They say the rush which was a result of the chaotic state of events leading up to the beginning of the Ramaphosa presidency meant he had to deliver the state of the nation address (SONA), only a day after her had replaced Zuma. They go so far as describing his SONA address which many have applauded as "hastily delivered".
"Ramaphosa presented a 10-point plan that emphasised the economy, renewal, and unity as the centrepieces of his presidency, " they write. "He’s come up with many ad-hoc initiatives and ideas. These include the jobs summit, the investment conference and the special investment envoy. He’s also been talking about reviving manufacturing, supporting black industrialists, boosting youth employment, growing the tourism sector, and a digital industrial revolution commission, among others."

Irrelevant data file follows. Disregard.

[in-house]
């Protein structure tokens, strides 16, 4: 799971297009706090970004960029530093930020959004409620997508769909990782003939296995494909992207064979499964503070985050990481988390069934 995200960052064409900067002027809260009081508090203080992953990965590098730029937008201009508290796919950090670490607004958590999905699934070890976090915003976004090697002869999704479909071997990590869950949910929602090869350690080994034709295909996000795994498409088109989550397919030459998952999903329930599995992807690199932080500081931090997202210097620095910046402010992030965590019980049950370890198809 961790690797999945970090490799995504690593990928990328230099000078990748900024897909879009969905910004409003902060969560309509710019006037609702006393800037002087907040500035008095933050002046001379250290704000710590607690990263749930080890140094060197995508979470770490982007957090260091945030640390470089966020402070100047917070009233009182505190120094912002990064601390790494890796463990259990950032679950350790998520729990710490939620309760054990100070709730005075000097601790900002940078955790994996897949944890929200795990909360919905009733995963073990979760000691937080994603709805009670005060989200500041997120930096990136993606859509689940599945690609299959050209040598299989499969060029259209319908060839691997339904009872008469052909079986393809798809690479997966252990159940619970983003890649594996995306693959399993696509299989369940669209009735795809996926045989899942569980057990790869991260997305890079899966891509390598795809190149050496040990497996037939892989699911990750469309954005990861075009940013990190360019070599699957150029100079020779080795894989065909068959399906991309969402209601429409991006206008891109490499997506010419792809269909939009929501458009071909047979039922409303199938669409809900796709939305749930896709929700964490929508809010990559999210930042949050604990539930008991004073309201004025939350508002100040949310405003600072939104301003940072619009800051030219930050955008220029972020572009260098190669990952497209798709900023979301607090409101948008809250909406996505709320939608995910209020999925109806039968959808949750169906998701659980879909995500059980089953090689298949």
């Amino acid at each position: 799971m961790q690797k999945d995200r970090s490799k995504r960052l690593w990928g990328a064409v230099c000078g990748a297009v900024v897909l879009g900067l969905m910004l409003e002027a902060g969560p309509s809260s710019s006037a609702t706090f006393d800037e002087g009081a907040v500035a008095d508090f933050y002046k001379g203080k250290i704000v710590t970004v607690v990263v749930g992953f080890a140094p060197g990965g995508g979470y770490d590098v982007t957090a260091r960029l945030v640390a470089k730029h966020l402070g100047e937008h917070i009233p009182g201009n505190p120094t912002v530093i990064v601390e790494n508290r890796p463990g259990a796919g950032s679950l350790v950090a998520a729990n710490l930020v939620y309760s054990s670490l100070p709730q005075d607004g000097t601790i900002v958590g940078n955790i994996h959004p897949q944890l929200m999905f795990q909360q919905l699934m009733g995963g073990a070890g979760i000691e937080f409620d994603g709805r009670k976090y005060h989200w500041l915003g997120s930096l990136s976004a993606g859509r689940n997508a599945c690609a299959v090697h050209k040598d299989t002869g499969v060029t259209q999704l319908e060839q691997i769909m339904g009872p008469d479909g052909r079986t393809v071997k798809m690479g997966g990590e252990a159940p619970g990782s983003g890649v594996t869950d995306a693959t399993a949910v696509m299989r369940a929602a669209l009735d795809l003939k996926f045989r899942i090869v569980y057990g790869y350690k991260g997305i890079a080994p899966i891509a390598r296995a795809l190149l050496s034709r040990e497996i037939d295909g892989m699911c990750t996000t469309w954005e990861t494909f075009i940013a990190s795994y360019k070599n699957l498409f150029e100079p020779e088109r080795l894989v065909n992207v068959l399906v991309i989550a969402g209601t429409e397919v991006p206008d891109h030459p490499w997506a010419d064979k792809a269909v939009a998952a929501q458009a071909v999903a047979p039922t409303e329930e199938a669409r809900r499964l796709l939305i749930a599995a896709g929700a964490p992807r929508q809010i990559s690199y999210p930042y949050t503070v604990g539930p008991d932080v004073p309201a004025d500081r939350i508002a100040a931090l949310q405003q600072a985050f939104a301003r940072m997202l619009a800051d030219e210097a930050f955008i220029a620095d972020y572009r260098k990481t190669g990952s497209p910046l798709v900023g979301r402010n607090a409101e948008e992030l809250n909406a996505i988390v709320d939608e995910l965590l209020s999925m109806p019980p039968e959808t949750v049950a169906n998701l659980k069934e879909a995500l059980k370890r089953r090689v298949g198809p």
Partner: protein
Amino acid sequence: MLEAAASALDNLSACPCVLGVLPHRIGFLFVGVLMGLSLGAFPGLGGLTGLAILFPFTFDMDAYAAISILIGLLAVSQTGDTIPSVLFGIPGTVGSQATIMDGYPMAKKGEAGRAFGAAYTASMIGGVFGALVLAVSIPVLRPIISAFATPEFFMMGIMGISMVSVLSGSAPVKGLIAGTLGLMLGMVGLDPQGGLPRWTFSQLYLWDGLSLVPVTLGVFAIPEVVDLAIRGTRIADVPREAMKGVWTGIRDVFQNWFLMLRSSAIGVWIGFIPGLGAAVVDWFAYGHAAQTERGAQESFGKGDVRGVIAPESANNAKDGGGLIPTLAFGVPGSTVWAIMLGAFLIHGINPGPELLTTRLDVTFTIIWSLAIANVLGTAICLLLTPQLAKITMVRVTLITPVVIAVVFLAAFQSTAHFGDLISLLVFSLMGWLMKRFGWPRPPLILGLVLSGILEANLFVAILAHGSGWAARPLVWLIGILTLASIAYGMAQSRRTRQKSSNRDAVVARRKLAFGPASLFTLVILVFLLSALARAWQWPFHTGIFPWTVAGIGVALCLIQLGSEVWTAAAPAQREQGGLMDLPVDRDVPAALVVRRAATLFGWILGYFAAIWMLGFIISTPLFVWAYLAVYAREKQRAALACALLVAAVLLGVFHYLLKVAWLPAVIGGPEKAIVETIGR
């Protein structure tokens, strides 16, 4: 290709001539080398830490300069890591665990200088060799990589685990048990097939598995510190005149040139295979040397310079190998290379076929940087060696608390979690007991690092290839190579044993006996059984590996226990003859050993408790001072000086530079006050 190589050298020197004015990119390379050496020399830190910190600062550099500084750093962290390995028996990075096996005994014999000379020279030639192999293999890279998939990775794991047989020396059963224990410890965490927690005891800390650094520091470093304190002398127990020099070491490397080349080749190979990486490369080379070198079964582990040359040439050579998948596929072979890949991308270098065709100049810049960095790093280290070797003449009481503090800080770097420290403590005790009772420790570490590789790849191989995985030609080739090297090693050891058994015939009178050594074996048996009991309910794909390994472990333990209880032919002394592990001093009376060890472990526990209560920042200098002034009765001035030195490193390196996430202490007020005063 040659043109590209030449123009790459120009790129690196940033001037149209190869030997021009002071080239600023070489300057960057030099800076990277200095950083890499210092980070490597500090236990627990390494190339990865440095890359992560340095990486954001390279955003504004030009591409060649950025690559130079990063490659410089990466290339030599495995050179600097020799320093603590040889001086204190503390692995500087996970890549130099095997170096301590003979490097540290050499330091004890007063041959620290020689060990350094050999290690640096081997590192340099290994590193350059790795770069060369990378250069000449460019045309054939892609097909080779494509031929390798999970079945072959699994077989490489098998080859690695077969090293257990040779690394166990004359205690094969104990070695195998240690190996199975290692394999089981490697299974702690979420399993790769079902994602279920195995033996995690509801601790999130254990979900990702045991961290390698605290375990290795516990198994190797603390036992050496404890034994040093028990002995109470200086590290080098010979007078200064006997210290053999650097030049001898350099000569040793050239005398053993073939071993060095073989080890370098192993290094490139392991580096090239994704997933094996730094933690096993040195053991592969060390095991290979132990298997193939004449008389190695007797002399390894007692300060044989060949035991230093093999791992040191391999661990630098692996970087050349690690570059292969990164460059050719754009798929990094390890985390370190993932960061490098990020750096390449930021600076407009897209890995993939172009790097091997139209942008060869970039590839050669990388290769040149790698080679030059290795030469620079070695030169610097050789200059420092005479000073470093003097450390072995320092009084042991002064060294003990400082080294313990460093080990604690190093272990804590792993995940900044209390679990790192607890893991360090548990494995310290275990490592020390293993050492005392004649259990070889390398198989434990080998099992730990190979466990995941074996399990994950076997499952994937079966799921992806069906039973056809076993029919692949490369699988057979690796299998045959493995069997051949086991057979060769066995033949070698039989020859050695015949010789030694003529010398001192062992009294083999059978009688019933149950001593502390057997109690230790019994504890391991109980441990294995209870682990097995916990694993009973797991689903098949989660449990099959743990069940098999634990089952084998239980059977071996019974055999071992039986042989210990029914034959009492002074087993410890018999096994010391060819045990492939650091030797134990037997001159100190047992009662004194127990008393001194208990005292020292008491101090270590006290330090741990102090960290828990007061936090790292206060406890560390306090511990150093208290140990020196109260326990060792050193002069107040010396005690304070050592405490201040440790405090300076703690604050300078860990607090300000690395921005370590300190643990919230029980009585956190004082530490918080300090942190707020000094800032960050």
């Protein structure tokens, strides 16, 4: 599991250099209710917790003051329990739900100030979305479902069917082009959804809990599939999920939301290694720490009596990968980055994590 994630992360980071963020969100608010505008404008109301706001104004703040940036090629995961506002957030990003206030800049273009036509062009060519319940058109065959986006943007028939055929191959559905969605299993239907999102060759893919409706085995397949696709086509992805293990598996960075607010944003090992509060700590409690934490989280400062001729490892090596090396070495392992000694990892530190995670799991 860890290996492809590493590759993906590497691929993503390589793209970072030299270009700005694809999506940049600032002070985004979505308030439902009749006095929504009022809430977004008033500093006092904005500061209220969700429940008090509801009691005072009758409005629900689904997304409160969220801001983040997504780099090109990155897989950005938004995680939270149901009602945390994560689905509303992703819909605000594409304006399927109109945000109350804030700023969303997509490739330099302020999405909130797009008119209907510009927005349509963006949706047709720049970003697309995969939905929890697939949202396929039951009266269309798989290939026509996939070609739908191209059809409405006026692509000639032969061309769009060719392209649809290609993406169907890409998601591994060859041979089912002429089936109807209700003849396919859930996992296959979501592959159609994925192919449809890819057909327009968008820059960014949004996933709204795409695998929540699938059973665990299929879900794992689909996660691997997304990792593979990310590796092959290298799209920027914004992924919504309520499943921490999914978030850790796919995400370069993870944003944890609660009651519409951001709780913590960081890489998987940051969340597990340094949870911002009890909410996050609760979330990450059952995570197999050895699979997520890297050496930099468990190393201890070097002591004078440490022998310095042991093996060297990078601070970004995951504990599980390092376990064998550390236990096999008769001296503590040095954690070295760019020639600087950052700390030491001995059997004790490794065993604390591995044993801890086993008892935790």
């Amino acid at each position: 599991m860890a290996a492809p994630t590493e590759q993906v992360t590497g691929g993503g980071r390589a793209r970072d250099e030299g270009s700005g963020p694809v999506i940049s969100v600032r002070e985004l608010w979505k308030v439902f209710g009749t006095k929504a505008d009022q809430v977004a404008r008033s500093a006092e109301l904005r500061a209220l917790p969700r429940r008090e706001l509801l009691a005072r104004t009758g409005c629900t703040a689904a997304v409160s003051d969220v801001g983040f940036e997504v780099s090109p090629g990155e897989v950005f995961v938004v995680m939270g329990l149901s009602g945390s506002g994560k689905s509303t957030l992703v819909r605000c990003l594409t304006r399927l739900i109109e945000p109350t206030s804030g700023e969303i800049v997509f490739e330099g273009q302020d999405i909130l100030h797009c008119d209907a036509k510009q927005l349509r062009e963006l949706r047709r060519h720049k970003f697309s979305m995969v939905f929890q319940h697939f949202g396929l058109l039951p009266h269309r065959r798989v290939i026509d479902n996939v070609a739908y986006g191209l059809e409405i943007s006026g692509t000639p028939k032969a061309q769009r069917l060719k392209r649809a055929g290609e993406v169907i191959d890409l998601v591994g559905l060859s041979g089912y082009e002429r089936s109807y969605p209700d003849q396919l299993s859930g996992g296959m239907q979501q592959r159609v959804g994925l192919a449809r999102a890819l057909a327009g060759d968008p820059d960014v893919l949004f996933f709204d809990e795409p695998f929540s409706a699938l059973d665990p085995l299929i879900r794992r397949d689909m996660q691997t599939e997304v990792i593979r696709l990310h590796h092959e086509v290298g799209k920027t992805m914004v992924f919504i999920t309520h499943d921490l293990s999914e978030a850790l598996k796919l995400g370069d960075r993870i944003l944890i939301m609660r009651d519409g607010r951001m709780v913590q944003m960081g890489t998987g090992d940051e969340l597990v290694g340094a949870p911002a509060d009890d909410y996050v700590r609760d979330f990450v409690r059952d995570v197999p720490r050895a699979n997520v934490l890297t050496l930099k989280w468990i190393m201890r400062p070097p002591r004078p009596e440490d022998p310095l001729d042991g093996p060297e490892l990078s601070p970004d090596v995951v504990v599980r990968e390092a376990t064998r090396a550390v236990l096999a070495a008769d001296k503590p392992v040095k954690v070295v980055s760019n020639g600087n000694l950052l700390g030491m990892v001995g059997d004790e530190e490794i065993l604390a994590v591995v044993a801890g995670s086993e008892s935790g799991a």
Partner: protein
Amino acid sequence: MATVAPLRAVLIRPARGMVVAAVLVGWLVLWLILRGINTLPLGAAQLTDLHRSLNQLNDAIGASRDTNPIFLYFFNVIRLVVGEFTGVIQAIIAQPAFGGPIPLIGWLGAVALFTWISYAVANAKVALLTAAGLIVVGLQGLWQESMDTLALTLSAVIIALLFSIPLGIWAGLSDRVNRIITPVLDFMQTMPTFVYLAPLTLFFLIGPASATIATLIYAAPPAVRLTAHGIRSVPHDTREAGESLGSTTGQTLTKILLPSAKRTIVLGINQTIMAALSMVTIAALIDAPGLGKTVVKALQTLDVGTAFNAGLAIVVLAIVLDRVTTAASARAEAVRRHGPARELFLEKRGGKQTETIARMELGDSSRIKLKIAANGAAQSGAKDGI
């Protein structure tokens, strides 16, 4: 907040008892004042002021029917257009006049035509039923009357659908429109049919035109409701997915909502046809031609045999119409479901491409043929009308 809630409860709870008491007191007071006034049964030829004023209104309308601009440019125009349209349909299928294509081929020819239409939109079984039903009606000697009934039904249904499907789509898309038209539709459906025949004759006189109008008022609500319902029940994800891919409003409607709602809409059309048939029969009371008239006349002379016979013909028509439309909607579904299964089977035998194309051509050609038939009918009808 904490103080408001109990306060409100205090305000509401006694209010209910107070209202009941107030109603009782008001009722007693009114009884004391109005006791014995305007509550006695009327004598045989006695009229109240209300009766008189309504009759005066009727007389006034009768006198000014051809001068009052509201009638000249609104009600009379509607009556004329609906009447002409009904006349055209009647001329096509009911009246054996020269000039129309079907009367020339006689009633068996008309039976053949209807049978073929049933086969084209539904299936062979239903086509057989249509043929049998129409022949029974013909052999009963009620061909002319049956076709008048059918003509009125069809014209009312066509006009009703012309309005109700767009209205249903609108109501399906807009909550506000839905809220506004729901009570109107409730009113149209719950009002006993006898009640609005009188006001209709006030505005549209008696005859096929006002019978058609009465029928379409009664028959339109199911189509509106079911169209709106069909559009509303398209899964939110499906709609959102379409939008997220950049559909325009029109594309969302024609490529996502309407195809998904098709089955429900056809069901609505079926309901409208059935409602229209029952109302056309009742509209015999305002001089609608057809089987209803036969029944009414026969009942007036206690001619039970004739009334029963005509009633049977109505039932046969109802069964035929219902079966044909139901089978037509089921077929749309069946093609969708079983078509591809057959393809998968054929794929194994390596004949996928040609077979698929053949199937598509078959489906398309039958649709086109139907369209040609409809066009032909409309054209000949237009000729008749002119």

While the high output of ideas and plans are all, as they concede, "sensible and promising programmes," the two experts argue that more focus is needed in order for success to be ensured. They argue that the 10-point-plan needs a means to be quantified in a way to allow success to be measured or the ideas, sensible as they are, might end up "gathering dust in filing cabinets."
"What they need to succeed is better rationalisation, clearer focus, and technocratic finesse."
Among the steps which Ramaphosa has set into motion the experts say the moves, which good, might need extra pressure to push them towards bearing fruit.